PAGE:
The documents cover a broad range of civil, religious and ecological issues that examine the relationships between Native Americans, Spanish colonists, Catholic missionaries, the Spanish colonial administration. AZSite maintains and updates a database of cultural sites and surveys that may be accessed by those involved in related activities; this allows investigators to locate information without having to physically visit separated and little-known sites. There are hundreds of these sites in Arizona; the Arizona State Museum’s Library is a reference library containing 70,000 volumes. Those interested in reading and/or studying the monographs, reports of excavations and dissertations may visit it; the library has an extensive collection of periodic journals and magazines dealing with archaeology and museums. Each type of artifact held by ASM must be contained in an area, protected from the damaging effects of humidity and insects. ASM is home to the world’s largest collection of Southwest Indian pottery housed in a state-of-the-art vault so as to protect its 20,000 vessels from the damage suffered in the past.
Arizona State Museum administers the Arizona Antiquities Act and state laws concerning the discovery of human remains. In fulfillment of these responsibilities, ASM issues permits for archaeological work on state lands, negotiates the disposition of archaeological human remains, maintains an archaeological site file, provides repository services for the curation of archaeological collections,The museum is an affiliate of the Smithsonian Institution. ASM has ongoing communications with tribal members across the Southwest; this involves staff visits to tribal communities, visits to ASM by tribal members to evaluate objects, cooperation with ASM staff during excavations. ASM administers federal law dealing with return of human remains, sacred objects, funerary objects and objects of cultural patrimony. Revitalization of downtown Tucson has resulted in an extensive plan to recreate certain of the structures which were, at one time, a prominent part of the life of peoples living around the area.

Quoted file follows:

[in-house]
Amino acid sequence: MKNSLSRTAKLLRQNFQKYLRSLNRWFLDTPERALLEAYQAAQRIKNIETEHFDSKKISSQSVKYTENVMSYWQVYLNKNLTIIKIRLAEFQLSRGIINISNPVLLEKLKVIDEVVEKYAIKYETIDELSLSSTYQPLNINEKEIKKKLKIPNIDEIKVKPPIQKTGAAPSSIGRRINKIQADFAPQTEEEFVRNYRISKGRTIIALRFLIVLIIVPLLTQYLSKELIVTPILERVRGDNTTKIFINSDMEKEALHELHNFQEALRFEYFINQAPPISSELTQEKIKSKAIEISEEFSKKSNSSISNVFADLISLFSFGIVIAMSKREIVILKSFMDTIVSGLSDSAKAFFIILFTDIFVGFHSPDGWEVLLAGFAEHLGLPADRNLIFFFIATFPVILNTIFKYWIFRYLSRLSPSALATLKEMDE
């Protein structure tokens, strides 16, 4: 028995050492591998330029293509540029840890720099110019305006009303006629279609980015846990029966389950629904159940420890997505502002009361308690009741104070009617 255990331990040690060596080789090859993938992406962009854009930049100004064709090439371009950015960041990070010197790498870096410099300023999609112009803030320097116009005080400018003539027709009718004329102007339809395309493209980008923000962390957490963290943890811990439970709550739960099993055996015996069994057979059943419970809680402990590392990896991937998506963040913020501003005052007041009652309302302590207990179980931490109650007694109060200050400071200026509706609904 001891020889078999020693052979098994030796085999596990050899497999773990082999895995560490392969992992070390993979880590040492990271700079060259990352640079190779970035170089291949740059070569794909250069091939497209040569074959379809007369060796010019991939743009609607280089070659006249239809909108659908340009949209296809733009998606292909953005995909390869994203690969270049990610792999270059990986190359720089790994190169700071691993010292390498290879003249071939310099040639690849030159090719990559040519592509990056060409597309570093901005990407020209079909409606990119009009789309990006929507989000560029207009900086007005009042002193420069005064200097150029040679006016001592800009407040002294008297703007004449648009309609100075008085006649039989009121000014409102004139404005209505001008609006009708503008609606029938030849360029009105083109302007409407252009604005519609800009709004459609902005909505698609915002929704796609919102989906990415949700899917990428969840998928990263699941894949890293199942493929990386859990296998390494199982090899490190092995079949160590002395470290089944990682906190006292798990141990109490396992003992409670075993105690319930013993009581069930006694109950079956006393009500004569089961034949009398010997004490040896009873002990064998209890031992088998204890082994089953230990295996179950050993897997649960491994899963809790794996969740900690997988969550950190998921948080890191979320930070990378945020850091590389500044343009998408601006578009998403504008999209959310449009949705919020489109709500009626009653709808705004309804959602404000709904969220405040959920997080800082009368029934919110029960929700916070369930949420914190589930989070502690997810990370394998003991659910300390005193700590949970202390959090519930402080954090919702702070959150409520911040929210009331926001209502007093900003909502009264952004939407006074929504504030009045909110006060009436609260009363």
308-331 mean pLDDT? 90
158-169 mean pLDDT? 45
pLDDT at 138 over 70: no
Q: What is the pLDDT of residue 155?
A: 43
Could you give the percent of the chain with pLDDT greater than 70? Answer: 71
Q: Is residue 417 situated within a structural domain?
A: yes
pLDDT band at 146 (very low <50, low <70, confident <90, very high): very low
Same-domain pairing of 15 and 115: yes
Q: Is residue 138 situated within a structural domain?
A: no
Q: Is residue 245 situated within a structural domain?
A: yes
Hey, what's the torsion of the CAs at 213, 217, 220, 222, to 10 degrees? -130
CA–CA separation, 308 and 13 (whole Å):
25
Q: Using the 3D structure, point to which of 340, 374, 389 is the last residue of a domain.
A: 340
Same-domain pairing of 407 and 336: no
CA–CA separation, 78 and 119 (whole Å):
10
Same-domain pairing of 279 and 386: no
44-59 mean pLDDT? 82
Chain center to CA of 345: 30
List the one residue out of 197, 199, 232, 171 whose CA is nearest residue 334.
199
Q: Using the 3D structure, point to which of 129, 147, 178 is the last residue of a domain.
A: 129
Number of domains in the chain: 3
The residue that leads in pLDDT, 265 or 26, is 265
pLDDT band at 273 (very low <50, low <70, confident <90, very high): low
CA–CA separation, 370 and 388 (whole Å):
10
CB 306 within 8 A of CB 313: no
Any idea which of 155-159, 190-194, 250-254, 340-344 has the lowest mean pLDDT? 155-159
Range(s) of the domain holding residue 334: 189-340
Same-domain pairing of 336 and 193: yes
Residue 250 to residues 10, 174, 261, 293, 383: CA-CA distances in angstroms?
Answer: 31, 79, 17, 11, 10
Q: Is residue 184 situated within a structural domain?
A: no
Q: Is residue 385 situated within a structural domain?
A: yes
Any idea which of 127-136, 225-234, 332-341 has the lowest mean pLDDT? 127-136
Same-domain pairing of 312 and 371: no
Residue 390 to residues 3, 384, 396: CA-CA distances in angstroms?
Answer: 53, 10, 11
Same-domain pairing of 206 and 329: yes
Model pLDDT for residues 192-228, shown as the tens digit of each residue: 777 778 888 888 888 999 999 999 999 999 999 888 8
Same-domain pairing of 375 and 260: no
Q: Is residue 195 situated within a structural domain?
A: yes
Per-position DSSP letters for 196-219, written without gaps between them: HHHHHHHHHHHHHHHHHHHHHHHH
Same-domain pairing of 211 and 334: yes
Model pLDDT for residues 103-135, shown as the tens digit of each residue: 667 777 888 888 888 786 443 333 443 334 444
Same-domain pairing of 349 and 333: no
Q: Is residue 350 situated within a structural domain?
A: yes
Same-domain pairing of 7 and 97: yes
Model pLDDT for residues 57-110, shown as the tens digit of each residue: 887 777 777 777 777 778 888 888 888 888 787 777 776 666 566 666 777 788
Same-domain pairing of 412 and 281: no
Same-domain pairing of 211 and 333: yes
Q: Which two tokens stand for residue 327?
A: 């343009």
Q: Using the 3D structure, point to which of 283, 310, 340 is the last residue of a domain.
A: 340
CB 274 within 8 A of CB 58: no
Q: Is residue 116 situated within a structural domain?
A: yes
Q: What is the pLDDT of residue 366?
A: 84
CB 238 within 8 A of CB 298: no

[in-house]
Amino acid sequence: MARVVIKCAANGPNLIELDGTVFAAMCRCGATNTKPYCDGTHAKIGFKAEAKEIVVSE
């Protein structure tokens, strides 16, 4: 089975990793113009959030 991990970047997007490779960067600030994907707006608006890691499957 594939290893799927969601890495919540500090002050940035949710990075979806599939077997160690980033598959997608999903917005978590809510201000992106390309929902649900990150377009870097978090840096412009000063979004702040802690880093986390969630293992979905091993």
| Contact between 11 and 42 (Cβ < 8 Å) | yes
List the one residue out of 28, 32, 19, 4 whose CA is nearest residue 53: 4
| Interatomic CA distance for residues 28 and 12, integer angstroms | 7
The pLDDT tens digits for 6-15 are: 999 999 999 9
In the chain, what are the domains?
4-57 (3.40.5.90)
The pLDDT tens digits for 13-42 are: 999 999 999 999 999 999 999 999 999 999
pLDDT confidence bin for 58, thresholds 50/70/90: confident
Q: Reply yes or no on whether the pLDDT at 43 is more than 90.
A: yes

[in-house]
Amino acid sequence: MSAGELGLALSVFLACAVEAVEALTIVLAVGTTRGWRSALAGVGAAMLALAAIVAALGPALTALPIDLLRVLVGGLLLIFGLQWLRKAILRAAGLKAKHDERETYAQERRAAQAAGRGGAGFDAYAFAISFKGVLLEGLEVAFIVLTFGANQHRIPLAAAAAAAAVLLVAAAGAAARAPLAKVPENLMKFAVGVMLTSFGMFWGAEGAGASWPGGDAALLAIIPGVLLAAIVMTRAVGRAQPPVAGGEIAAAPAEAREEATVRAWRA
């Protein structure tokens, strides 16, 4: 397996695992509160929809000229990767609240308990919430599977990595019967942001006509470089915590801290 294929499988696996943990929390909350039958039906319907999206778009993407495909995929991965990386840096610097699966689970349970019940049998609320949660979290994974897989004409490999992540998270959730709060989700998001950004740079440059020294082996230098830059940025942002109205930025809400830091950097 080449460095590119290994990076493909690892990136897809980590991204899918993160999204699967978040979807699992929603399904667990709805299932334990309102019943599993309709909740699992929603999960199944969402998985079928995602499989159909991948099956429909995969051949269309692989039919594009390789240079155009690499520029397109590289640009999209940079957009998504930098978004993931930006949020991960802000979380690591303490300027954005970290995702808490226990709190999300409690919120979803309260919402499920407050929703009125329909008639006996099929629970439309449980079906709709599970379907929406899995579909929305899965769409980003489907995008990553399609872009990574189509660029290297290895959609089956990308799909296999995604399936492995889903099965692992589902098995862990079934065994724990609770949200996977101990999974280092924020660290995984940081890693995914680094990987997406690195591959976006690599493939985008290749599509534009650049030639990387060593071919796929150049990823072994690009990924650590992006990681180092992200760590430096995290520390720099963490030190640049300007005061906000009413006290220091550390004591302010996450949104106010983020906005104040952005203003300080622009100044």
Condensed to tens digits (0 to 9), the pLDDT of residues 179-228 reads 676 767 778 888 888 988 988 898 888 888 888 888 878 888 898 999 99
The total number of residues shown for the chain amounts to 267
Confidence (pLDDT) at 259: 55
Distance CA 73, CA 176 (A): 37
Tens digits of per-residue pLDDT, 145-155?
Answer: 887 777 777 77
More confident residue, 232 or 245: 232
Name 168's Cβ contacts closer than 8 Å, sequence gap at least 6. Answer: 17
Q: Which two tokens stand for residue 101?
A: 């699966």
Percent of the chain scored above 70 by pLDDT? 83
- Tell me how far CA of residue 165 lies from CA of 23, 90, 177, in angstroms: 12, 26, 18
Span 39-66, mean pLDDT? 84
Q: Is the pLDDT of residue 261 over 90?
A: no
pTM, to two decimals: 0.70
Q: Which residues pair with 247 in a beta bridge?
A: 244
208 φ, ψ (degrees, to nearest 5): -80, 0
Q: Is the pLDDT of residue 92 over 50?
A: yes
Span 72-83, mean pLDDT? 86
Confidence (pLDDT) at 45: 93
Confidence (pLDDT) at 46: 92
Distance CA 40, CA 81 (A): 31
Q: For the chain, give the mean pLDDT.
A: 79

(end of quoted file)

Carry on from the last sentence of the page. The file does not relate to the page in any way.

In addition, ASM and several major institutions will be part of the newly constructed area known as "Rio Nuevo". The museum has had seven directors since its founding: Byron Cummings Emil W. Haury Raymond H. Thompson George J. Gumerman (
Grand Canyon National Park
Grand Canyon National Park, located in northwestern Arizona, is the 15th site in the United States to have been named a national park. The park's central feature is the Grand Canyon, a gorge of the Colorado River, considered one of the Wonders of the World; the park, which covers 1,217,262 acres of unincorporated area in Coconino and Mohave counties, received more than six million recreational visitors in 2017, the second highest count of all American national parks after Great Smoky Mountains National Park. The Grand Canyon was designated a World Heritage Site by UNESCO in 1979. "Grand Canyon" was designated a national park on February 26, 1919, though the landmark had been well known to Americans for over thirty years prior. In 1903, President Theodore Roosevelt visited the site and said: "The Grand Canyon fills me with awe, it is beyond comparison—beyond description. Let this great wonder of nature remain as it now is. Do nothing to mar its grandeur and loveliness. You cannot improve on it, but what you can do is to keep it for your children, your children's children, all who come after you, as the one great sight which every American should see."Despite Roosevelt's enthusiasm and strong interest in preserving land for public use, the Grand Canyon was not designated as a national park.